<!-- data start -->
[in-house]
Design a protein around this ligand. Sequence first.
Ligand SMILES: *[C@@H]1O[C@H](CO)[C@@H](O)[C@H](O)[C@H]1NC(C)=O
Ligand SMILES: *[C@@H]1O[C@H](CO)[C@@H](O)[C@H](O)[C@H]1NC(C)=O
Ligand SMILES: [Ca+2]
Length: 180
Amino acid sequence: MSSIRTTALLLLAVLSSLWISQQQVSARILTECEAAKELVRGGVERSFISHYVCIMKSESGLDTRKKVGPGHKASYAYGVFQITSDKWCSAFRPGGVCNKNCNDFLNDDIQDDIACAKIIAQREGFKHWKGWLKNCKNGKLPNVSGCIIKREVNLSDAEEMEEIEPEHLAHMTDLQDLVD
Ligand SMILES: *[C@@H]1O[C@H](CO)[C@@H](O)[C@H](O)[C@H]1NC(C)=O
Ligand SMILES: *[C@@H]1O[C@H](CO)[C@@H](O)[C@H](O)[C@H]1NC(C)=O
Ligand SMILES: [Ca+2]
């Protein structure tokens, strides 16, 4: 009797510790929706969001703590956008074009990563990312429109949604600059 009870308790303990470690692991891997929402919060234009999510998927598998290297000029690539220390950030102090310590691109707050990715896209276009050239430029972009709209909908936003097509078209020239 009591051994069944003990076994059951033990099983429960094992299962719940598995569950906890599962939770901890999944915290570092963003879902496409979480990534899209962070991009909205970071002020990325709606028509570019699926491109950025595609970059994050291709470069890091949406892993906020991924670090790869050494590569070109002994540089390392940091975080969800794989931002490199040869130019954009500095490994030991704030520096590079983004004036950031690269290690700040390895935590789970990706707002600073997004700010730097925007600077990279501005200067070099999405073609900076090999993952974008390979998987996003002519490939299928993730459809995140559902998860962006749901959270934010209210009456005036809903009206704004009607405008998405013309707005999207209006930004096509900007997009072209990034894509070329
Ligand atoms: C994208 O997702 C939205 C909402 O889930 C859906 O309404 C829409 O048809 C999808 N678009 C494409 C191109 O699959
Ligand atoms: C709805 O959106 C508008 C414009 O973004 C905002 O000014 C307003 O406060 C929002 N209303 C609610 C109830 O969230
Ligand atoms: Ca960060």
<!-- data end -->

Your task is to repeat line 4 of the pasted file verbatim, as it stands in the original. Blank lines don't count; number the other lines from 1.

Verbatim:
Ligand SMILES: *[C@@H]1O[C@H](CO)[C@@H](O)[C@H](O)[C@H]1NC(C)=O